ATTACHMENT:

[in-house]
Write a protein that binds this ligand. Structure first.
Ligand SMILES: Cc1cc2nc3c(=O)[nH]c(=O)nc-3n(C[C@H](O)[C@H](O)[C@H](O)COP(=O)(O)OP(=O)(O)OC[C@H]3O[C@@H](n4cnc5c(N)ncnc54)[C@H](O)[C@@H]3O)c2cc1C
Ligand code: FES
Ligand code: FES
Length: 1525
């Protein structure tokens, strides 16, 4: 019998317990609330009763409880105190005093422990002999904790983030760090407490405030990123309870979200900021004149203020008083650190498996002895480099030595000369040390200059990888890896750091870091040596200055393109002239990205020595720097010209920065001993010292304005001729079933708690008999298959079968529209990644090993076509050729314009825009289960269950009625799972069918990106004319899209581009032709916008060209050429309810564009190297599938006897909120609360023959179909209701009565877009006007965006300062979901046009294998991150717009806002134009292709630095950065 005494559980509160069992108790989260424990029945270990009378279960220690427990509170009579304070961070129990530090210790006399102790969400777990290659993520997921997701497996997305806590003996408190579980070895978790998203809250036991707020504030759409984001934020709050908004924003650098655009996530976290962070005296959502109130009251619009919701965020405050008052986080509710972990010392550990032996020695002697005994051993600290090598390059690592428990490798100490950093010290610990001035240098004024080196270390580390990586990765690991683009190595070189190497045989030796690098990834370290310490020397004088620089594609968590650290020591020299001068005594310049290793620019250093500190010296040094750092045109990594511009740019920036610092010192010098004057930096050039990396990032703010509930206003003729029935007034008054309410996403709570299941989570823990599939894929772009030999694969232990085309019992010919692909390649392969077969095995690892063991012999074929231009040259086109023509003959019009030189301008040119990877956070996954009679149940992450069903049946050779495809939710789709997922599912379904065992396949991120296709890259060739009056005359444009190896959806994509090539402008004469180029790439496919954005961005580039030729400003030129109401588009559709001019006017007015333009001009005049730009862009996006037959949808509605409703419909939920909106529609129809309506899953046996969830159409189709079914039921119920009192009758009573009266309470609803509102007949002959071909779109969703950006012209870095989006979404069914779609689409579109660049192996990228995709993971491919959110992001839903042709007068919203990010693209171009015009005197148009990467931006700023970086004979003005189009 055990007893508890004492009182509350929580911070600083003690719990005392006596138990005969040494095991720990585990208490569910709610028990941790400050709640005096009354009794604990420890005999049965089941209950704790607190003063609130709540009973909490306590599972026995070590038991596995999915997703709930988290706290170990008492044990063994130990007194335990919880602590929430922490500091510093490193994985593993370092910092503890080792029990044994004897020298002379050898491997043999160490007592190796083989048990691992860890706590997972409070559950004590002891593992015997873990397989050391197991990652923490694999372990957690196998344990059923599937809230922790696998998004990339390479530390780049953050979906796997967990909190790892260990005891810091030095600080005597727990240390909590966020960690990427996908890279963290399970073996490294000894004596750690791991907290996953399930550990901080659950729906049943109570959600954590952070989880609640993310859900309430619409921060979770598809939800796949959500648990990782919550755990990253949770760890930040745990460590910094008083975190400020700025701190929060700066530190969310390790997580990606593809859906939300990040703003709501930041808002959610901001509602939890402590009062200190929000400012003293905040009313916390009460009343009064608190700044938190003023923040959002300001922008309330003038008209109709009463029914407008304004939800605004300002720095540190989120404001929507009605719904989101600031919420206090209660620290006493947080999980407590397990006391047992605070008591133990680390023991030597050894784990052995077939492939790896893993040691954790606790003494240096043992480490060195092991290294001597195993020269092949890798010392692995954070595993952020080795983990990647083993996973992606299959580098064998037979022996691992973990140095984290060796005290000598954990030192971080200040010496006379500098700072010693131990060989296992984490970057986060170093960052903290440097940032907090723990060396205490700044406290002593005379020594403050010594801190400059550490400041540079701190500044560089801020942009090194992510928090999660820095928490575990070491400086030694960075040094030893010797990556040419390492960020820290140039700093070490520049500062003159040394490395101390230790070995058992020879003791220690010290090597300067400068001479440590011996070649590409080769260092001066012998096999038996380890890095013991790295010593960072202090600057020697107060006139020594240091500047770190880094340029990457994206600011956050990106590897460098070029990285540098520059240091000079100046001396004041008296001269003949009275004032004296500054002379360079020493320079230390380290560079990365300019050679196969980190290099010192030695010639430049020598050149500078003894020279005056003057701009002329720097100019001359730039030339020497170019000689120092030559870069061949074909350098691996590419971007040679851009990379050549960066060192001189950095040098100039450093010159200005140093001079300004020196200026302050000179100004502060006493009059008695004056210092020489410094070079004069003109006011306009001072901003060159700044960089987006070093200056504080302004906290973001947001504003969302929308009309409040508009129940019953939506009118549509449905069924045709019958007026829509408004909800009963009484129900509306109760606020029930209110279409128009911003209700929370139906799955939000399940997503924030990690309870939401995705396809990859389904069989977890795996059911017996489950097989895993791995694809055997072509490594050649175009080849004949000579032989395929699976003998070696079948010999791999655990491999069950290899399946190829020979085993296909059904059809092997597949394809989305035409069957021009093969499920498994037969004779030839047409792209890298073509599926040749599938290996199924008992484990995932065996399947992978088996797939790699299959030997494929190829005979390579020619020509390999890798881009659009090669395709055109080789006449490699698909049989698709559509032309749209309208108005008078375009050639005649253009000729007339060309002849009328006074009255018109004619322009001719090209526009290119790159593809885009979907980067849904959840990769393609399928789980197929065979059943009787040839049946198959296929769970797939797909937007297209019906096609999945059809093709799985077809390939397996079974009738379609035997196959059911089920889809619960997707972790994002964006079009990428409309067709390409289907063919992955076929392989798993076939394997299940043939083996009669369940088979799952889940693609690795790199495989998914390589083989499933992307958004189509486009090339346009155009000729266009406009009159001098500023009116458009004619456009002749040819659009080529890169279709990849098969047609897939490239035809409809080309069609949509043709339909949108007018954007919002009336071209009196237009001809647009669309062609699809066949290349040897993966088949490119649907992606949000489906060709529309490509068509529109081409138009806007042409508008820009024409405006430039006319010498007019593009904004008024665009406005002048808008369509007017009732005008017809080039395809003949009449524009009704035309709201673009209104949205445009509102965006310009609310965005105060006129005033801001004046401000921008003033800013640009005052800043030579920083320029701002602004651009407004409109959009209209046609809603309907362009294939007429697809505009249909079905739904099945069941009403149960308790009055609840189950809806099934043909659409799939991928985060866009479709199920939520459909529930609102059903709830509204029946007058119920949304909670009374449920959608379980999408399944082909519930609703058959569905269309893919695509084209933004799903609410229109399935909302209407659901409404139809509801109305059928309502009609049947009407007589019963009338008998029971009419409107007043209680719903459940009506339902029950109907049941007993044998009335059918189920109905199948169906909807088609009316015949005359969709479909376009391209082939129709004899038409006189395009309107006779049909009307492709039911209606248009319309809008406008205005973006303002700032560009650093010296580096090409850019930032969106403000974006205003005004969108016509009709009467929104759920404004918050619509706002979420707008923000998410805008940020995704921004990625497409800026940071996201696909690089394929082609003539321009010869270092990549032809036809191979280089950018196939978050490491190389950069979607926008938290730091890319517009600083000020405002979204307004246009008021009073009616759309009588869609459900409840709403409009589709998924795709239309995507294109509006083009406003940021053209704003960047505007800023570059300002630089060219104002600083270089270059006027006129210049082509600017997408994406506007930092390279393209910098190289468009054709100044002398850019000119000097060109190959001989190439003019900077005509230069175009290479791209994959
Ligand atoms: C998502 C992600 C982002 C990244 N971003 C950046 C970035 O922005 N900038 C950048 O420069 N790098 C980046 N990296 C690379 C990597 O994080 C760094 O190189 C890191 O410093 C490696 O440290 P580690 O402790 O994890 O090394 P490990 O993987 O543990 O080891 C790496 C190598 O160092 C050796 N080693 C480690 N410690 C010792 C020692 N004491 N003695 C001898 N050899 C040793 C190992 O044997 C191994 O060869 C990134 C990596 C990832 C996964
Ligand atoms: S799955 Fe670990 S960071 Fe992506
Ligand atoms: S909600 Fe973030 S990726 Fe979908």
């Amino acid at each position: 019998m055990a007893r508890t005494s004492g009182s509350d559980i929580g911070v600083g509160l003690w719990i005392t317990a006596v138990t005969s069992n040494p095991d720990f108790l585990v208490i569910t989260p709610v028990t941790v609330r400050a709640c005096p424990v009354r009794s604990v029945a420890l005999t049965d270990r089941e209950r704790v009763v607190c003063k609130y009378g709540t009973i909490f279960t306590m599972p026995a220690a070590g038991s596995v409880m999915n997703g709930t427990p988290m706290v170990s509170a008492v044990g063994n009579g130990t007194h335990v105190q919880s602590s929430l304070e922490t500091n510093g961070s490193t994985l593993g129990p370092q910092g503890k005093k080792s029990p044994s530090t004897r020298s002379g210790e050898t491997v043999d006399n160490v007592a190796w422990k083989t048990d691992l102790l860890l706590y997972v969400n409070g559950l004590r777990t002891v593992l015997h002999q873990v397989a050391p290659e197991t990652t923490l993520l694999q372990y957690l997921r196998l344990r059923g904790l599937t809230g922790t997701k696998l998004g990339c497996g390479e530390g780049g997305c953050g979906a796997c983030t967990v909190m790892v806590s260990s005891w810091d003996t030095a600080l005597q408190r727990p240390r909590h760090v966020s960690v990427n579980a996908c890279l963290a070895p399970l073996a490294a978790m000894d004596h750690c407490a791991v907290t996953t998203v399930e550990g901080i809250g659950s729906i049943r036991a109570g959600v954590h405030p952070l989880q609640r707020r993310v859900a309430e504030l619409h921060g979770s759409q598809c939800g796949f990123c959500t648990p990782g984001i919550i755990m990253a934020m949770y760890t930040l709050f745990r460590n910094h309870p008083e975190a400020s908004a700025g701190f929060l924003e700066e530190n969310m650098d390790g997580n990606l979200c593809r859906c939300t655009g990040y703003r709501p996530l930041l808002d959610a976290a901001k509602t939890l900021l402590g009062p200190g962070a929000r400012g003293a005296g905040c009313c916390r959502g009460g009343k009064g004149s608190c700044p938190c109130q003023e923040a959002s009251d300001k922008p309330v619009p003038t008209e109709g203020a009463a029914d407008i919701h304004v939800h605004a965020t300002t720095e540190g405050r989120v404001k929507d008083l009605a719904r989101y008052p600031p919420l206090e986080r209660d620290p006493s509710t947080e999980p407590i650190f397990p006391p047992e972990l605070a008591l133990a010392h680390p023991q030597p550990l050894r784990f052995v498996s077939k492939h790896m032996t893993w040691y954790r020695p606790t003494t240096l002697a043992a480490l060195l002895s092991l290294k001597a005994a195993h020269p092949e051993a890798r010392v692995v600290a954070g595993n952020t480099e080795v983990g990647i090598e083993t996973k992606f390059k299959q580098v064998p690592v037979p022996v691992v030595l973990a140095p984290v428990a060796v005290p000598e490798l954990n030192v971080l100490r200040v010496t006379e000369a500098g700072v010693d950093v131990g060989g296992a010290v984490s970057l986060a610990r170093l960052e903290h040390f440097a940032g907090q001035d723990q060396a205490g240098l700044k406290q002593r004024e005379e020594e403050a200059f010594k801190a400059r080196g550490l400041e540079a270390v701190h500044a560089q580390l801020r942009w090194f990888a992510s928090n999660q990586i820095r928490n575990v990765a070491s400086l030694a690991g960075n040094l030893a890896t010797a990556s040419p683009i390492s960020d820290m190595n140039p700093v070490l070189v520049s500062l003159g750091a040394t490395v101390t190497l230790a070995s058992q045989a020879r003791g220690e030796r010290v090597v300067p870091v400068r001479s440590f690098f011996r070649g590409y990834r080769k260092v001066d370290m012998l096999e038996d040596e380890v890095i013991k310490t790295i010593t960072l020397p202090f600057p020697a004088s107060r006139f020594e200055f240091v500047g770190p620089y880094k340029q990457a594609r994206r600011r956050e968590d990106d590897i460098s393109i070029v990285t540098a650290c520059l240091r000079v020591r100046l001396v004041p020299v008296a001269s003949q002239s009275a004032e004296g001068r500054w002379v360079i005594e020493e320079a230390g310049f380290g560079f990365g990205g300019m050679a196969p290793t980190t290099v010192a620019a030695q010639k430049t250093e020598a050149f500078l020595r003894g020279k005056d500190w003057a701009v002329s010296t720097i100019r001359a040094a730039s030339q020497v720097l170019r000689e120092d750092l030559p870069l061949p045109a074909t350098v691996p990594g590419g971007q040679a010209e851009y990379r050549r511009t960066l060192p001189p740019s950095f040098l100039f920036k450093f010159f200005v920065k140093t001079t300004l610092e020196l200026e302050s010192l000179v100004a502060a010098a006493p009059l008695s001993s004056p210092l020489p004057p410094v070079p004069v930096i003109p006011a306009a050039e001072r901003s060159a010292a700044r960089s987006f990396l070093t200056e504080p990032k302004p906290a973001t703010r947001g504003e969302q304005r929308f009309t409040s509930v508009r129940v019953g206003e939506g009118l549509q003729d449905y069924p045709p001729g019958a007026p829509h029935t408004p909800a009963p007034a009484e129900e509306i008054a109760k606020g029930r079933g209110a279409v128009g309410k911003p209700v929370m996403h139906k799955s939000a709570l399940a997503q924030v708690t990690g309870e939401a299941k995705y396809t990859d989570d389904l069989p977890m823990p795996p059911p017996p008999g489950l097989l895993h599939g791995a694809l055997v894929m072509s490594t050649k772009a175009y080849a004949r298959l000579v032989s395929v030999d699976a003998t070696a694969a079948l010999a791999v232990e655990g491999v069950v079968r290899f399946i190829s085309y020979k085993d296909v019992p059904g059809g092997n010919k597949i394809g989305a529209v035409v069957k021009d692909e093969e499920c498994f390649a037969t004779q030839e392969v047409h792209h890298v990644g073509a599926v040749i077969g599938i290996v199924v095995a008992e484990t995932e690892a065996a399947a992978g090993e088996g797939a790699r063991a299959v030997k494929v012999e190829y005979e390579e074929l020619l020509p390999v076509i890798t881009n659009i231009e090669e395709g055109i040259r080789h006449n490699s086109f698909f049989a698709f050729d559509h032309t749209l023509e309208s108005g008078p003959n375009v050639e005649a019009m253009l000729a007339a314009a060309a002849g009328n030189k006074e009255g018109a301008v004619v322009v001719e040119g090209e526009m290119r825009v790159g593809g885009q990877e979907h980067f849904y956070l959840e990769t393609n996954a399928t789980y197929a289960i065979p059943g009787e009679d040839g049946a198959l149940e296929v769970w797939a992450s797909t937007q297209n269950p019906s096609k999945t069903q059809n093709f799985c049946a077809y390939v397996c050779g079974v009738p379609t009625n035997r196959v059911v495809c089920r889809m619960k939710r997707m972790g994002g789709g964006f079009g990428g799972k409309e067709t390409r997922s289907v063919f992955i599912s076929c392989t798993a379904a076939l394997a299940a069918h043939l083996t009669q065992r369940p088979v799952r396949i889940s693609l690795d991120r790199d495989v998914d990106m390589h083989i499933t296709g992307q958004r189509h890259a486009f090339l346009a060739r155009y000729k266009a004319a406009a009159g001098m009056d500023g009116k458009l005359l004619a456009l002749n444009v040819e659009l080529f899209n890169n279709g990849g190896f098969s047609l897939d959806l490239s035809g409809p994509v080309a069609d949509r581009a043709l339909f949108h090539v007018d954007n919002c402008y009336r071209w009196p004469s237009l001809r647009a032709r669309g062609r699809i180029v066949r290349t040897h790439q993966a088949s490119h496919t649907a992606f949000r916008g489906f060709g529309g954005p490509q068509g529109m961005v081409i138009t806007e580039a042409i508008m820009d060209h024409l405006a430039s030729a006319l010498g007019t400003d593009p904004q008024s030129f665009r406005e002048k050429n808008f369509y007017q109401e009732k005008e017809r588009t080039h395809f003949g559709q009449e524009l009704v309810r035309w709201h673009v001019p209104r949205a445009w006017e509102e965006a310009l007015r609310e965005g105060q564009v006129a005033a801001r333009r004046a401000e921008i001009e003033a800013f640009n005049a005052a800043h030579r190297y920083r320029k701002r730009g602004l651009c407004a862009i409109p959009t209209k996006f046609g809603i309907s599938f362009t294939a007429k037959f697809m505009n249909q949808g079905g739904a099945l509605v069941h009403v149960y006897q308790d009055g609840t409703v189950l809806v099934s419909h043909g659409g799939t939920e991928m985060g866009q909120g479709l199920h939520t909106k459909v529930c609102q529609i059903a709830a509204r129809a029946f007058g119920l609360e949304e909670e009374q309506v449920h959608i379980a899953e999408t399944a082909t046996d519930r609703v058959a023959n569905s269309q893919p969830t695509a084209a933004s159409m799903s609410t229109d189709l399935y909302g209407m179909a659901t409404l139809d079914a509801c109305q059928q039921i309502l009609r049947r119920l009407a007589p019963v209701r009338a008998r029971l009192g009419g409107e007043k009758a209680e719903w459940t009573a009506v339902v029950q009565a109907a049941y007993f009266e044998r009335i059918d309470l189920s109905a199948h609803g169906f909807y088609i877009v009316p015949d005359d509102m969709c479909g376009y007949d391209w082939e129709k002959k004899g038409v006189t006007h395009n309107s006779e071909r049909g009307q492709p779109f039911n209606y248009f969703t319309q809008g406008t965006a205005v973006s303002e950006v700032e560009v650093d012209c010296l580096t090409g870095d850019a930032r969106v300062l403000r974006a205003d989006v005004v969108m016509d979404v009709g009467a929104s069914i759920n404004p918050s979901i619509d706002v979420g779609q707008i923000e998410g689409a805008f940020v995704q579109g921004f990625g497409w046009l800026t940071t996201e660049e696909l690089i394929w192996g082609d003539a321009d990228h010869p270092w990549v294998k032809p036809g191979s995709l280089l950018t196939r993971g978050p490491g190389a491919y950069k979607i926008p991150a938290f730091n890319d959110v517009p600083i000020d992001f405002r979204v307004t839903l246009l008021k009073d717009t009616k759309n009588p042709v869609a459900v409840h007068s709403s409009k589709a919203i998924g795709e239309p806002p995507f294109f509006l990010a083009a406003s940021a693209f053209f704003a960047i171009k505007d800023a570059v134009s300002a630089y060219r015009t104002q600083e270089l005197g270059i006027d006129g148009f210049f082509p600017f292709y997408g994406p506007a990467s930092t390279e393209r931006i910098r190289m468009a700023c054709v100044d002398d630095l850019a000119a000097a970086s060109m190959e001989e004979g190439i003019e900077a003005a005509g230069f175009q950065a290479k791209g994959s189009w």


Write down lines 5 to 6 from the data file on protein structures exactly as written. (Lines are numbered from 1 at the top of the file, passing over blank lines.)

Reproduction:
Ligand code: FES
Length: 1525